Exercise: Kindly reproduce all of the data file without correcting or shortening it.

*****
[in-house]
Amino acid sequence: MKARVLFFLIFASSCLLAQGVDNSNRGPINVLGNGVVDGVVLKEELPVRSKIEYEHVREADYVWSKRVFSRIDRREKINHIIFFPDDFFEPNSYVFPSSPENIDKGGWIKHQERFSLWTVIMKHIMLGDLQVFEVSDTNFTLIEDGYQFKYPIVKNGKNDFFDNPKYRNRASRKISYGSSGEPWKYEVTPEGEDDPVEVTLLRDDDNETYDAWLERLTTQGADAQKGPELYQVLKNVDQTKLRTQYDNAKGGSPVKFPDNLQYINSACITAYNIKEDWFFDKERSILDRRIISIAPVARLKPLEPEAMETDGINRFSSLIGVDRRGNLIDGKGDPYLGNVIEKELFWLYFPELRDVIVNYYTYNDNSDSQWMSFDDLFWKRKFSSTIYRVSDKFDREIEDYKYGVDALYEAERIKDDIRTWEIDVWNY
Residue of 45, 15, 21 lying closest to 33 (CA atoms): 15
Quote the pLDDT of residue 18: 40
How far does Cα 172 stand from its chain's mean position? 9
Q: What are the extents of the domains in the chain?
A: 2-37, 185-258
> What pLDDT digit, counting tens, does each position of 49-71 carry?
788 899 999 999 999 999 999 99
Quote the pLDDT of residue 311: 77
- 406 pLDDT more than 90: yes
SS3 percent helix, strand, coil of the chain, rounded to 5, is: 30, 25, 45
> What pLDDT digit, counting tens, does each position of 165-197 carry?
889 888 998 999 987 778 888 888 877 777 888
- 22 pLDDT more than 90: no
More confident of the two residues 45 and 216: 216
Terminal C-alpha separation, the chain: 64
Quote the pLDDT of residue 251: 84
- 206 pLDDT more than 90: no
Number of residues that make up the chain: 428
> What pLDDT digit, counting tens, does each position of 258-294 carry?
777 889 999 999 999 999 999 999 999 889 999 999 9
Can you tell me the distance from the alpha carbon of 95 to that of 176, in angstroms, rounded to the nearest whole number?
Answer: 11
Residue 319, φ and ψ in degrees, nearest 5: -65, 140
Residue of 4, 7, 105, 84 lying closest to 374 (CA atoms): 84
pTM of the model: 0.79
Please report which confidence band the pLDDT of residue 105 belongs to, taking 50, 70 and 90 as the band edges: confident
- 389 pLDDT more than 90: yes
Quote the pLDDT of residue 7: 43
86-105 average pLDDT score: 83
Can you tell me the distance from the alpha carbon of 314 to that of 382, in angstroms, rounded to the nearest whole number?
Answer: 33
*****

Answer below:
[in-house]
Amino acid sequence: MKARVLFFLIFASSCLLAQGVDNSNRGPINVLGNGVVDGVVLKEELPVRSKIEYEHVREADYVWSKRVFSRIDRREKINHIIFFPDDFFEPNSYVFPSSPENIDKGGWIKHQERFSLWTVIMKHIMLGDLQVFEVSDTNFTLIEDGYQFKYPIVKNGKNDFFDNPKYRNRASRKISYGSSGEPWKYEVTPEGEDDPVEVTLLRDDDNETYDAWLERLTTQGADAQKGPELYQVLKNVDQTKLRTQYDNAKGGSPVKFPDNLQYINSACITAYNIKEDWFFDKERSILDRRIISIAPVARLKPLEPEAMETDGINRFSSLIGVDRRGNLIDGKGDPYLGNVIEKELFWLYFPELRDVIVNYYTYNDNSDSQWMSFDDLFWKRKFSSTIYRVSDKFDREIEDYKYGVDALYEAERIKDDIRTWEIDVWNY
Residue of 45, 15, 21 lying closest to 33 (CA atoms): 15
Quote the pLDDT of residue 18: 40
How far does Cα 172 stand from its chain's mean position? 9
Q: What are the extents of the domains in the chain?
A: 2-37, 185-258
> What pLDDT digit, counting tens, does each position of 49-71 carry?
788 899 999 999 999 999 999 99
Quote the pLDDT of residue 311: 77
- 406 pLDDT more than 90: yes
SS3 percent helix, strand, coil of the chain, rounded to 5, is: 30, 25, 45
> What pLDDT digit, counting tens, does each position of 165-197 carry?
889 888 998 999 987 778 888 888 877 777 888
- 22 pLDDT more than 90: no
More confident of the two residues 45 and 216: 216
Terminal C-alpha separation, the chain: 64
Quote the pLDDT of residue 251: 84
- 206 pLDDT more than 90: no
Number of residues that make up the chain: 428
> What pLDDT digit, counting tens, does each position of 258-294 carry?
777 889 999 999 999 999 999 999 999 889 999 999 9
Can you tell me the distance from the alpha carbon of 95 to that of 176, in angstroms, rounded to the nearest whole number?
Answer: 11
Residue 319, φ and ψ in degrees, nearest 5: -65, 140
Residue of 4, 7, 105, 84 lying closest to 374 (CA atoms): 84
pTM of the model: 0.79
Please report which confidence band the pLDDT of residue 105 belongs to, taking 50, 70 and 90 as the band edges: confident
- 389 pLDDT more than 90: yes
Quote the pLDDT of residue 7: 43
86-105 average pLDDT score: 83
Can you tell me the distance from the alpha carbon of 314 to that of 382, in angstroms, rounded to the nearest whole number?
Answer: 33